About Kesher Talk

  • "Kesher" means "connection" in Hebrew. The banner image is the mosaic floor of a 6th c. synagogue in Jericho, showing a menorah flanked by a shofar and lulav; the inscription reads "Shalom Al Yisrael." (This synagogue was destroyed by Arab vandals a few years ago. The condition of the mosaic floor is unknown.)
  • Contributors:
  • Judith Weiss
    admin-at-keshertalk-dot-com
  • Van Wallach
    mission76tx-at-yahoo-dot-com


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November 28, 2010

I, Consumer

I play many roles in life, but crazed holiday shopper is not one of them. Being Jewish and from a small family helps me step aside from the mass culture. The distance is probably healthy because I have a very mixed record as a consumer. Buying gifts for others usually works out well, either based on what these others tell me they want or my own innate sense of what they want, typically based on off-hand comments about entertainment choices that I tuck away for future use around birthdays, Hanukkah and the beautiful Jewish tradition of Valentine's Day. Vacations are surprisingly easy once I work out the destination.

The hardest person to shop for? Hands down, that is -- myself.

Except for the most random impulse buys (Pandora music service, the fall issue of the great City Journal) and groceries, I always struggle to buy myself anything. I do massive research, collect opinions, canvass friends on their suggestions and worry about whether I'm getting ripped off. Call it neurotic; I call it a sure-fire strategy for almost never buying anything.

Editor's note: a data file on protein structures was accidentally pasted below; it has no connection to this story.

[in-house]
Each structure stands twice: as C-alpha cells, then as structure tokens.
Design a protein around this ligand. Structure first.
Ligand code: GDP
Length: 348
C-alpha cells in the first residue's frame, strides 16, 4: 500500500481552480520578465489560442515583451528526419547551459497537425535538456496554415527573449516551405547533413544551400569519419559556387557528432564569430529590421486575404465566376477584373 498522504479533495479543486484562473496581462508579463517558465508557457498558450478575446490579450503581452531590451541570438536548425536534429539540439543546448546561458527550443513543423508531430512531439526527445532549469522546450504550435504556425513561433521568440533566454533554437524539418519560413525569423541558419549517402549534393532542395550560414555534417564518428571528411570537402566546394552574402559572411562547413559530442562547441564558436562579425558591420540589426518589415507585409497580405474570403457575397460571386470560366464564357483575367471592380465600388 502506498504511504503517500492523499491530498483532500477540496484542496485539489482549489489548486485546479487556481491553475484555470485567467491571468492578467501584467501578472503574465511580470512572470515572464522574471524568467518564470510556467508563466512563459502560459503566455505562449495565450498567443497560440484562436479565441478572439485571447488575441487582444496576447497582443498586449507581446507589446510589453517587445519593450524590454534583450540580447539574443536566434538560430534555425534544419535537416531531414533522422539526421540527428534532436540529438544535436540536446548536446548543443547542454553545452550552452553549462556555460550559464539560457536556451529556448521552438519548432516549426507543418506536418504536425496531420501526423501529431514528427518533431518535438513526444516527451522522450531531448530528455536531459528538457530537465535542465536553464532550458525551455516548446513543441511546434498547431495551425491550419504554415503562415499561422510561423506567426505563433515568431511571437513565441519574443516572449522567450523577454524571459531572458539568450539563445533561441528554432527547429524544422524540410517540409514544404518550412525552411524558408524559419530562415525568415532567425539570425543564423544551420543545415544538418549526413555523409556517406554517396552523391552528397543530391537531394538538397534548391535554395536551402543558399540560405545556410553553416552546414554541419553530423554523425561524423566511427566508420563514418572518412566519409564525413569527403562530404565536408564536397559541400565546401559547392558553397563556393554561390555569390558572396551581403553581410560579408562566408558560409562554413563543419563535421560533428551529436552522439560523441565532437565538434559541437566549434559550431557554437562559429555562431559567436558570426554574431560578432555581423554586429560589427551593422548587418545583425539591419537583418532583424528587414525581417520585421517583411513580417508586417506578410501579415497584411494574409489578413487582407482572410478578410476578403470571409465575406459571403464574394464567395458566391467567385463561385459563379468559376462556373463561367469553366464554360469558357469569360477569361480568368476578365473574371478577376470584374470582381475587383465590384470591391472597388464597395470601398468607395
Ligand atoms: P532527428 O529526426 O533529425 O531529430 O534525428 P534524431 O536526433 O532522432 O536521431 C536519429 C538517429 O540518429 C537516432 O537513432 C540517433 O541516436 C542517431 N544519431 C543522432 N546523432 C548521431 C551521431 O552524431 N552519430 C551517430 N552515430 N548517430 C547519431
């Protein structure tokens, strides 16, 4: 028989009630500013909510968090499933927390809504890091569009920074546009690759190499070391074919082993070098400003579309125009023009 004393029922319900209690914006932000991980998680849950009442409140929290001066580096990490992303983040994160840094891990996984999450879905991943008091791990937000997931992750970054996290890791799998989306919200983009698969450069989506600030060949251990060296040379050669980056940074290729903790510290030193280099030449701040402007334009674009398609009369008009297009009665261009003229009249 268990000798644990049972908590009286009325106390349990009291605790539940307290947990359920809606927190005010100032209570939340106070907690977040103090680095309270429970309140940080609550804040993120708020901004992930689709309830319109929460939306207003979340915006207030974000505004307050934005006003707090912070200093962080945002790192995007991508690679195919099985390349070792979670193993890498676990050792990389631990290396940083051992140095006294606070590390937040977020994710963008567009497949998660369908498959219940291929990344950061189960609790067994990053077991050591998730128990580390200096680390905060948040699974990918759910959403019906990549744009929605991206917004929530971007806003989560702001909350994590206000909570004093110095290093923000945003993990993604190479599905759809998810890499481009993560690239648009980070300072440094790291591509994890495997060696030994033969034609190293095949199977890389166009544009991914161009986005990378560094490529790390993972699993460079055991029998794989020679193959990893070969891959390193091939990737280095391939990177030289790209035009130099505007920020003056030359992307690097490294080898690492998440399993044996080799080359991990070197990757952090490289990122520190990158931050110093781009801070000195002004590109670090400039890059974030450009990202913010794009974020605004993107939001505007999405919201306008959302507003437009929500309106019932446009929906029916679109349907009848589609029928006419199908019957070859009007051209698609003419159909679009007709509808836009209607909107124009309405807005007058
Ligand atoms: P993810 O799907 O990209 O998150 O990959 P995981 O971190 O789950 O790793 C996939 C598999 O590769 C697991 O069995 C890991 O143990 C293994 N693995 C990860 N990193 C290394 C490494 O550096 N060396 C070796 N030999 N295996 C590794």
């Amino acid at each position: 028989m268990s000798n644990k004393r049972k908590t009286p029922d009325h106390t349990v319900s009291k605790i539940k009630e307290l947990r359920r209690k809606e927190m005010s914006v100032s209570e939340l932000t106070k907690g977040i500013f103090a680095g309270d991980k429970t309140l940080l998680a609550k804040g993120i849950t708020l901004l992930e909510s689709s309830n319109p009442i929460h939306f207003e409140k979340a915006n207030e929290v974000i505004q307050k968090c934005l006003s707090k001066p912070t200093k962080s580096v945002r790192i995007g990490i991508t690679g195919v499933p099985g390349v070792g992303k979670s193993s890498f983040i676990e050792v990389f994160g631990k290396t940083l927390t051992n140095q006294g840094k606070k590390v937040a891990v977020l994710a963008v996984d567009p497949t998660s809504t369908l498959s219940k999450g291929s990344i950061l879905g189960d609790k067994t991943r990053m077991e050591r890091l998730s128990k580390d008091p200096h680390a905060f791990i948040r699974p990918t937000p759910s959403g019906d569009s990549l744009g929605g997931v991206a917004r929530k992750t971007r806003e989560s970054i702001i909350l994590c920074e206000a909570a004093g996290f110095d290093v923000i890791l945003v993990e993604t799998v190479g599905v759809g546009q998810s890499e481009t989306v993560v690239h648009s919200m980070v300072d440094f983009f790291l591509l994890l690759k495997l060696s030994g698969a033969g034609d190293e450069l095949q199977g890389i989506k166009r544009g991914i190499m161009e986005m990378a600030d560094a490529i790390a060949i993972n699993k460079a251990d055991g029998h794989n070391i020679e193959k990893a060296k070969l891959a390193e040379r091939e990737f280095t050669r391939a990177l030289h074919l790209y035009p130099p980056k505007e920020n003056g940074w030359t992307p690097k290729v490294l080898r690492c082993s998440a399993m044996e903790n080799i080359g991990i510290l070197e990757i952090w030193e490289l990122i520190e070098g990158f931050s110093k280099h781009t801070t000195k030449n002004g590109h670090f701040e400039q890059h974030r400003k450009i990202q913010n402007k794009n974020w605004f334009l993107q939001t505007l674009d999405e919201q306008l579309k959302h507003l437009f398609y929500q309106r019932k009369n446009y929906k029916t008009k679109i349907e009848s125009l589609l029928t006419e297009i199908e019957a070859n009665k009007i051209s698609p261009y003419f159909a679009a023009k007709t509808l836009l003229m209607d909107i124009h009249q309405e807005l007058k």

I finally do give in and get whatever I need. Case in point: A year ago I moved into a new apartment. The wooden boxspring for my bed would not fit through a door, so the movers left it in the entryway (which I have all to myself). I flailed around looking at mattress websites, aghast at all the consumer rage at these companies. Then I had my epiphany: I would dismantle the boxspring (somehow), whisk the pieces upstairs and bolt them together (somehow) with my trusty toolkit from Target.

I borrowed a saw and got to work. After much wheezing amidst twanging, stop-and start saw action, I had made a dent in the wood, but I couldn't see how I could ever finish with a dull blade and a big boxspring. So, ever resourceful, I moved to Plan B: I borrowed a hefty electric saw from a friend. He was dubious, to say the least, but let me have it.

The mighty Melita saw sat in my apartment for a while, quietly daring me to use it. Go ahead, big boy, it silently sneered at me. Plug me in. Turn me on. Cut some fingers off.

I read the instruction manual and realized that my entire approach to using the this saw -- I can't even begin to list the safety violations I would have committed - was insane. I had never used one. I had nobody to help me. I didn't have a secure place to put the boxspring. Sadly, I filed away my fantasies of being Mr. Goodsaw. I turned to the only tool I can handle with confidence -- a credit card.

My problem, in part, was the horrible reputation of the national bedding chains. I decided if I needed to get a boxspring, my best bet would be to find a local provider who would likely appreciate my business. I would become, therefore, a bedding locavore. And I found exactly that, in the form of Norwalk Mattress Company. I measured my bed, hauled myself to Norwalk, described my needs, found what I want, placed the order and left. A few days later I got the boxspring and metal frame and bid the hard, semi-sawed wooden boxspring (which was more of a platform, with no springs) a fond farewell. I was left with a comfortable bed and, most important, all 10 fingers.